First, it has space. The two feuding houses don’t live on either side of the Adige in Verona. They live on different planets. It’s the year 10,192 and space travel is a snap. This is especially true if you’re in the Spacing Guild. Spacing Guild members travel the same way Carlos Castaneda did. They drop a little spice and fold space. It beats walking.
Hey man, come over and we’ll fold space. It’ll be epic.
Next, it has cool futuristic weapons. House Atreides invents these awesome weirding modules that can kill a guy with the right wavelength. Also, Patrick Stewart and Richard Jordan, clad in transparent armor, train Kyle MacLachlan in hand-to-hand knife fighting. Stewart and others refer to atomic weapons, and remote-controlled hunter seekers armed with poison darts float from room to room.
Pew pew pew!
Then, it has nomadic desert troops waging jihad against their Harkonnen oppressors. The allusions to Arabic culture don’t end there. The character name Thufir means victory in Arabic and Kyle MacLachlan’s tribal name, Mu’adib, translates to teacher. Herbert made comparisons to the Middle East oil crisis and environmental issues throughout his Dune series.
I hope they’re wearing sunscreen.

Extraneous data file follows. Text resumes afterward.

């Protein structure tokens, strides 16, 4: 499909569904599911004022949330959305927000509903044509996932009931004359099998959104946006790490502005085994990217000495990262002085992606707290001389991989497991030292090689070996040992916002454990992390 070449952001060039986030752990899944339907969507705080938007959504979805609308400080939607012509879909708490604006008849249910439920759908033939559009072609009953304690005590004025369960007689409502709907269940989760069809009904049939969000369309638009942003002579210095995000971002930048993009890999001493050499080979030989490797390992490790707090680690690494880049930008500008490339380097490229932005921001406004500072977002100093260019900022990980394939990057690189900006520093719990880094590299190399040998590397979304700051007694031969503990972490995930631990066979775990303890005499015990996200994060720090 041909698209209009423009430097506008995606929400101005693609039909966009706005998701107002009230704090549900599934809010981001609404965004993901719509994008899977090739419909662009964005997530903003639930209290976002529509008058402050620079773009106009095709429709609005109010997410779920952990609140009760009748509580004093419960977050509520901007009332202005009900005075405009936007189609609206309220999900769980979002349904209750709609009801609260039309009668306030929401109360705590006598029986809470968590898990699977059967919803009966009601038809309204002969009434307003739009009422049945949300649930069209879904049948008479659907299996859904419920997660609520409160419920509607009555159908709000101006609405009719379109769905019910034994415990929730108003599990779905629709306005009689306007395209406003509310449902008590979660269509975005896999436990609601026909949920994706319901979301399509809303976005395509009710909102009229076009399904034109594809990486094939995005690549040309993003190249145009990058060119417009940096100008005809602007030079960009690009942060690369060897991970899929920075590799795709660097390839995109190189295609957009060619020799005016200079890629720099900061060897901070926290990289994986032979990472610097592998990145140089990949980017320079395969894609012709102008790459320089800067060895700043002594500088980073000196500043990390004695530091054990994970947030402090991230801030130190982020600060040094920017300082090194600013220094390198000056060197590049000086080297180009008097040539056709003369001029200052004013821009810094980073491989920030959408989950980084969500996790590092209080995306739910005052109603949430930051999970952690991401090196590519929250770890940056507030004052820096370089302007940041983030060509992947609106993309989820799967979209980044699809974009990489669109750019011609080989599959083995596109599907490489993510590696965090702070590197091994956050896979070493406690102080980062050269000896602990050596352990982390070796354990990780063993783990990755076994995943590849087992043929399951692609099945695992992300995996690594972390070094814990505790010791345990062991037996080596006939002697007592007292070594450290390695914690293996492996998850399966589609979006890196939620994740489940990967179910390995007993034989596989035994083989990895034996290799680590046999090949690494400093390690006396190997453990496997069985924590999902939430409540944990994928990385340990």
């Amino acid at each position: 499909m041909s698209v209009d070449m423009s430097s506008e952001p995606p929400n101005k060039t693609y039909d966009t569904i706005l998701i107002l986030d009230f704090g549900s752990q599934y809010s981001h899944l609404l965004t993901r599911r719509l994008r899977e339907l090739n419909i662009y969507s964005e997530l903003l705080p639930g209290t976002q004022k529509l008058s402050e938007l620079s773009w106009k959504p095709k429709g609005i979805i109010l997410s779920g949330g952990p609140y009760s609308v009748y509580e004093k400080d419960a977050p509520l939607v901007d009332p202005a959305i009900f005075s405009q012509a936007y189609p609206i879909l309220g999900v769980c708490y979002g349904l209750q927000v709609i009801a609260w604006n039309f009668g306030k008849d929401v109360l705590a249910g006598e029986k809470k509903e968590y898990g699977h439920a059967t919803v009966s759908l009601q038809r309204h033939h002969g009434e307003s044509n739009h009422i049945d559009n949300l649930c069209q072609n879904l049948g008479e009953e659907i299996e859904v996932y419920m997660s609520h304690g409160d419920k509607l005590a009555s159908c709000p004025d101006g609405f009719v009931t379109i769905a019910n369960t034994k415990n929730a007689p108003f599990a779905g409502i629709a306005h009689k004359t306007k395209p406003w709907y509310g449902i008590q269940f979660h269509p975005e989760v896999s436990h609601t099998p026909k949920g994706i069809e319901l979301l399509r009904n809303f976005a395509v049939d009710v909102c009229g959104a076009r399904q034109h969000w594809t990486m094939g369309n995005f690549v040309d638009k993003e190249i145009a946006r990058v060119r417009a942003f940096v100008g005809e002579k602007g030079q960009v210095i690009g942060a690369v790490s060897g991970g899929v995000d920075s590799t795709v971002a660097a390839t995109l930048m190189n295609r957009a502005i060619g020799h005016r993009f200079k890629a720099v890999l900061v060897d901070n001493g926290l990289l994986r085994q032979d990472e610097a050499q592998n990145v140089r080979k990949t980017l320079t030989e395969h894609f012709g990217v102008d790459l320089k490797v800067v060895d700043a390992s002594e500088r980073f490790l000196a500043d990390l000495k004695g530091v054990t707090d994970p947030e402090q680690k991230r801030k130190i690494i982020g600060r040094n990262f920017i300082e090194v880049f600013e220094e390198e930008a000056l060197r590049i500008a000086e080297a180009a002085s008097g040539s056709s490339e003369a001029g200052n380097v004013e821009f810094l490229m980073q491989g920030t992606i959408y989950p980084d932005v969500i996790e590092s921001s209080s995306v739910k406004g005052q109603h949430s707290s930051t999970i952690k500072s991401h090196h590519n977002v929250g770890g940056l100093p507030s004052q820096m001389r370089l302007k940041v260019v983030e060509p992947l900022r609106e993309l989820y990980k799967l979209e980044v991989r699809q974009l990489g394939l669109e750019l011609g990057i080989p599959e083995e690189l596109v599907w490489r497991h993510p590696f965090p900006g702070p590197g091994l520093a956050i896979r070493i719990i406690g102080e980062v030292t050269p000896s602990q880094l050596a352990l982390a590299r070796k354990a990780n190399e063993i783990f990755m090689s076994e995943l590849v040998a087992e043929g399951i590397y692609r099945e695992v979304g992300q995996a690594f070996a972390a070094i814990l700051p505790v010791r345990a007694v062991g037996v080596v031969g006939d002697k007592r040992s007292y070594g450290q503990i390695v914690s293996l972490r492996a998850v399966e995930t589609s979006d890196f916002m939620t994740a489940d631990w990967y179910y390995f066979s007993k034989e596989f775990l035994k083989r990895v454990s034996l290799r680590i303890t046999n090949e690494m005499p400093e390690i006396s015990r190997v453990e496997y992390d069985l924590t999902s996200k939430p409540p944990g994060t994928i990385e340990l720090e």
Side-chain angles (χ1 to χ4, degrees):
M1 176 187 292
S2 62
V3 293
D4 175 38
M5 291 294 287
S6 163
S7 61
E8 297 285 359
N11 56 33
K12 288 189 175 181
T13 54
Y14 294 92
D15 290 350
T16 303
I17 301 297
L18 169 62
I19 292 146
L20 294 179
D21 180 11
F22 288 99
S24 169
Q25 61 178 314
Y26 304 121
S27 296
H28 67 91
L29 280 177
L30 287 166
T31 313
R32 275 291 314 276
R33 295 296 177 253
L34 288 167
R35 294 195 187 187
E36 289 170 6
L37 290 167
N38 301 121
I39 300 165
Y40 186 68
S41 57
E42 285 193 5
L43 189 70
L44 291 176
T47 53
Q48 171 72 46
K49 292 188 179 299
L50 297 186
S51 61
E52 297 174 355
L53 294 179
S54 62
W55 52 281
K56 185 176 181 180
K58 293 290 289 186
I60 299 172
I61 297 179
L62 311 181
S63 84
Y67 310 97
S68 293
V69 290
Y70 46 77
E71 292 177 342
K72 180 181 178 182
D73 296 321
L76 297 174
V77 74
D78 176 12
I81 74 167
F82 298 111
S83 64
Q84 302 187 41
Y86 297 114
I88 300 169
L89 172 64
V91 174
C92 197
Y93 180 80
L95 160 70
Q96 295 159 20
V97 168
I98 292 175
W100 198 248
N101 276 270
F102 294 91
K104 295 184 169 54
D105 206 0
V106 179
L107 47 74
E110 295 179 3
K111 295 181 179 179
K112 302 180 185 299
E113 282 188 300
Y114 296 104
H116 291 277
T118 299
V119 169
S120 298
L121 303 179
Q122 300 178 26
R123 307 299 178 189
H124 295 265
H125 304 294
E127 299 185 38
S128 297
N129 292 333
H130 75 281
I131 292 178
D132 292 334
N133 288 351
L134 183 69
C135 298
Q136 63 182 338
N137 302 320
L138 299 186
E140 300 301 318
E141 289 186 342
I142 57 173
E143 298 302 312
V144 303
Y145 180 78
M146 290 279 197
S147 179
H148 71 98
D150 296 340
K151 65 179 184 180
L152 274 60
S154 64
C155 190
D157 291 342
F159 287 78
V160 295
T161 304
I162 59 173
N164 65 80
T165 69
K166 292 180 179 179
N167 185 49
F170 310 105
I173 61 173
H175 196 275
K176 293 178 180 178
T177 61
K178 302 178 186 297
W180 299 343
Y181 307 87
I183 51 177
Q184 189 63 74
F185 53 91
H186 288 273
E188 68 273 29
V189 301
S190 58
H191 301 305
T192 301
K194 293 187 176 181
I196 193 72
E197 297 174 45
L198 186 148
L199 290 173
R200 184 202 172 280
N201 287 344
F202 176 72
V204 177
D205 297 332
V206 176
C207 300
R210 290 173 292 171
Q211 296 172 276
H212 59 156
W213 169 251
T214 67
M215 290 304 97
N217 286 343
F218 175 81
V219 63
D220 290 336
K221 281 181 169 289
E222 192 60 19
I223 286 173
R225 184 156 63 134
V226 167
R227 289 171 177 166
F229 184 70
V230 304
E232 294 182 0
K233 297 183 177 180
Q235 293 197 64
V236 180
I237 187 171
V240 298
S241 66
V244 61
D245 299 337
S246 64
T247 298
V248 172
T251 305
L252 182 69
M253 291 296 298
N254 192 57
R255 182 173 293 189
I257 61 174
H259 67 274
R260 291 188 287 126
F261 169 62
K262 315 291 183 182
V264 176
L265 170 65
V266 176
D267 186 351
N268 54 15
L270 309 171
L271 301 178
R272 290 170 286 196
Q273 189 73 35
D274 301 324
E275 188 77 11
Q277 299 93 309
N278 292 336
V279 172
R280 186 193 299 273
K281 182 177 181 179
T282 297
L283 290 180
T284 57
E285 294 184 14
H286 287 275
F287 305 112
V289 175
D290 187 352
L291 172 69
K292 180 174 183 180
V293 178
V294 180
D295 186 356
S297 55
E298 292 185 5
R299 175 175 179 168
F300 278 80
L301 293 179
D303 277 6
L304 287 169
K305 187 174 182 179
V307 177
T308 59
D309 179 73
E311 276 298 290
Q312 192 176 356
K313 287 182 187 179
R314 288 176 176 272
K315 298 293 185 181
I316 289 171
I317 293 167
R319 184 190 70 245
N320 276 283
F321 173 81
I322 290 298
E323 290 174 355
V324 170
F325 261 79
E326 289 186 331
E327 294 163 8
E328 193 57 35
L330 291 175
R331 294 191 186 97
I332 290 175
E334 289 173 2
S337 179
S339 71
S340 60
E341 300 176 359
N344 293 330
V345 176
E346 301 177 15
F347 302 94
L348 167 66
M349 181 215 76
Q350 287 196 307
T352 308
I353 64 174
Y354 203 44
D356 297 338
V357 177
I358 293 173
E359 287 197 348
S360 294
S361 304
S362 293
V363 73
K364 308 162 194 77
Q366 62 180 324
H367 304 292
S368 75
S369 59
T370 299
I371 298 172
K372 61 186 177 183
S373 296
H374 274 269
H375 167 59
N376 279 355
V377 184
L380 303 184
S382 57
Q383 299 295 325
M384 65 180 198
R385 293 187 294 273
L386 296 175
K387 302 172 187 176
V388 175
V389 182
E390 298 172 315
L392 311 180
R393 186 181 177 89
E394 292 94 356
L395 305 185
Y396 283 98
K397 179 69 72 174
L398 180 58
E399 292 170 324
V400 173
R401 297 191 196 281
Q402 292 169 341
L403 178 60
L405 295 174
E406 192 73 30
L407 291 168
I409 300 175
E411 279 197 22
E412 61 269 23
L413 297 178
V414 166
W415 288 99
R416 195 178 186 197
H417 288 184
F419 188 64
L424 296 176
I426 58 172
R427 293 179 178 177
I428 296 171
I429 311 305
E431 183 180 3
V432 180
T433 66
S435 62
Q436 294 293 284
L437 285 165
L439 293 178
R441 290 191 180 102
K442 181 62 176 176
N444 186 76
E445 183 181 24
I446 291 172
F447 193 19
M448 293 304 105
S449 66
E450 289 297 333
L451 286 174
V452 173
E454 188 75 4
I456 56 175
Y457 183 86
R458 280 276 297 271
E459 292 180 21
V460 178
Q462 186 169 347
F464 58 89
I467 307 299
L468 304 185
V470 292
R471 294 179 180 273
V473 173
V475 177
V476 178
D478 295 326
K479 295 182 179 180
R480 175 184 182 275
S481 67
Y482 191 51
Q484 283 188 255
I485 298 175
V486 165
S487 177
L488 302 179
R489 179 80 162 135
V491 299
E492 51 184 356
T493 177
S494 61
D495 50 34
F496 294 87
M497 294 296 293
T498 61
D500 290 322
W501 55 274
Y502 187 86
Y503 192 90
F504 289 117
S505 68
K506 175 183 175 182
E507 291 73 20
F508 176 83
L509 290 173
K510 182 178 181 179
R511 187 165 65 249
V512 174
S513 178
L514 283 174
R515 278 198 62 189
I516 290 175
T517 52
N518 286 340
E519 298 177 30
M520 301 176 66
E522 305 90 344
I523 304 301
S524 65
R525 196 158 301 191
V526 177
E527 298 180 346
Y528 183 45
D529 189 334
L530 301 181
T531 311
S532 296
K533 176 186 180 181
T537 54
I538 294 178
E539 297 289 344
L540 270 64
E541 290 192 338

Then, it has worms and spice. Is there a relationship? The worms are rather large and have accompanying lightning. People fear and worship them. The spice mélange expands consciousness, changes eye color, and helps with that space folding thing.
I don’t think the heavy stuff’s gonna come down for quite a while.
Last, it has an alien aura like no other film. Dune looks like a post-apocalyptic steampunk S&M club’s rendition of Lawrence of Arabia. Vast deserts, steam-powered weaponry, red mohawks, burqas, goggles, leather Speedos, and dimly lit rooms contribute to the overall atmosphere of Victorian future space Bedouin chic. The sweeping theme by Brian Eno and Toto reinforces Dune’s epic status. With a supporting cast that includes the Lynch repertory company of Dean Stockwell, Brad Dourif, and Jack Nance, Dune is well acted and fun to watch. I even like Alan Smithee’s two-part televised version even if David Lynch doesn’t. I’m not alone either. Quite a few of us find the strangeness of Lynch’s vision appealing. Recently, the topic of guilty pleasure films came up on Twitter and I named Dune as one of mine. Immediately, people came out of the woodwork expressing their love for the much maligned film. The praise for Lynch’s odd science fiction gem surprised and delighted me. I guess I’m not the only fan of worms.
A version of this essay appeared first in the Brattle Film Notes, the blog for the Brattle Theatre in Cambridge, Massachusetts and my favorite theatre in the world. Here’s a link to that piece. http://www.brattleblog.brattlefilm.org/2015/02/25/dune-now-with-more-spice-2654/#more-2654